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Seahawks defenders were not a happy bunch

Posted Sep 23, 2013

Monday metatarsal musings: The Seahawks rolled to another impressive victory on Sunday, but the defensive players were not pleased after allowing too many points and yards to the Jaguars.

It was a locker room divided after the Seahawks’ impressive victory over the Jacksonville Jaguars at CenturyLink Field on Sunday afternoon.

No, it wasn’t that divisive kind of division that can create cracks even in a team that’s as “I’m In” as the Seahawks. It’s just that at one end of the locker room the offensive players were basking in the glow of just having scored six touchdowns – two more than in their first two games – and rolling up a season-high 479 yards in a 45-17 victory, while at the other the defensive players were miffed that they had allowed the winless Jaguars to score that many points while generating 265 yards.

Let that sink in for a while. Allowing 17 points and 265 yards will win you a lot of games. But for a Seahawks defense that remains the No. 1-ranked unit in the NFL in average yards allowed (241.7) and still has yielded the fewest points in the league (27), giving up 17 points and 265 yards to the Jaguars was simply too much – times two.

“We’re disappointed,” All-Pro cornerback Richard Sherman said. “We didn’t expect to give up that many yards, that many points. But I’m proud of the offense. They scored a lot of points. That’s what we needed. They needed that for confidence.

“So it feels good to get the win, but obviously we wanted to play better.”

Strong safety Kam Chancellor had a late interception, giving him two in the past two games. But while the pick was nice, he also had some nits to pick.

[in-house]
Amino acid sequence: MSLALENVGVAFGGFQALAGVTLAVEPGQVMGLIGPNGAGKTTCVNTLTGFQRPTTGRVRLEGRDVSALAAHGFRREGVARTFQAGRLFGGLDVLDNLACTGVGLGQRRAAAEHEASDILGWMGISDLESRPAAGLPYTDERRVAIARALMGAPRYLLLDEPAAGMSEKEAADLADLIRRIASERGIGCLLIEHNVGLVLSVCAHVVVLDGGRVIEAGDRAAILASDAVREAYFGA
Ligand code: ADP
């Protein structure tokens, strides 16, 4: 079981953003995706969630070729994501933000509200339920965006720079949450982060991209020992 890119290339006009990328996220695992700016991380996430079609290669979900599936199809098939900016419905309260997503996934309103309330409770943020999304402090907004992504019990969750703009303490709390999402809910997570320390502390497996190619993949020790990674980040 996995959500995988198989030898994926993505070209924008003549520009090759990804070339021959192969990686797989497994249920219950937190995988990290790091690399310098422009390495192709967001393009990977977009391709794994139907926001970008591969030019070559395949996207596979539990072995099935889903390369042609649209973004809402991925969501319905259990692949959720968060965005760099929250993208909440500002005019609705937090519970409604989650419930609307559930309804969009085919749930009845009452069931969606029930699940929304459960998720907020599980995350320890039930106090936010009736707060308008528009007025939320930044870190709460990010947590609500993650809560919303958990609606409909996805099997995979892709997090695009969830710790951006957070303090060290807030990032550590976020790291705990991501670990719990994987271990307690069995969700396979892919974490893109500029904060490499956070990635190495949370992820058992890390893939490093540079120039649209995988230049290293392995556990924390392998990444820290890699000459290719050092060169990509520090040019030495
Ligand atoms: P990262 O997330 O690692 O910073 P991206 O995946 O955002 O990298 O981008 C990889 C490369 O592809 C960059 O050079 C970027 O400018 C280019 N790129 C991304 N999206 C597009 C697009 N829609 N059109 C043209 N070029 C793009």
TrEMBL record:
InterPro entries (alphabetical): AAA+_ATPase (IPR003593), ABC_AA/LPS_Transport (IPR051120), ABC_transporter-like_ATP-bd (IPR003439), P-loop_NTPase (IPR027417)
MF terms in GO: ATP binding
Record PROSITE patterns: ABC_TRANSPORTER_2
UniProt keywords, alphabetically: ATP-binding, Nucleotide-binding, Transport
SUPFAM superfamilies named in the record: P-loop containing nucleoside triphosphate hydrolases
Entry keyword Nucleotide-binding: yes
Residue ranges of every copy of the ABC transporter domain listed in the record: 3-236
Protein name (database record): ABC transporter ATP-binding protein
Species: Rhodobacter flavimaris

“We were kind of messing up on a lot of plays and people weren’t fitting up right,” Chancellor said. “I don’t know what was going on really. We did put a lot of younger guys in.”

That the coaches did, as the backups played the fourth quarter, when the Jaguars got 107 of their yards and also scored a touchdown.

“That still can’t be an excuse,” Chancellor said. “We want our backups to be ready and prepared, as if they were starters. I still don’t feel that happy right now. … I still think it’s too many yards, and we hold ourselves to a higher standard. You can ask anybody that and they’ll say the same thing, that’s too many yards.”

After the way these guys have played to open the 2013 season and close the 2012 season, they just might be right to think what happened on Sunday was so wrong.

In their season opener, the Carolina Panthers had seven points and 253 yards. In their home opener, the San Francisco 49sd had three points and 207 yards. In the last five regular-season games in 2012, the defense surrendered 17 points and 358 yards to the Chicago Bears; 0 points and 154 yards to the Arizona Cardinals; 17 points and 333 yards to Buffalo Bills; 13 points and 313 yards to the 49ers; and 13 points and 331 yards to the St. Louis Rams.

Just as we all expected, the Seahawks had a good defense that has only gotten better – one that won’t settle for anything less than its best on any given Sunday against any given opponent.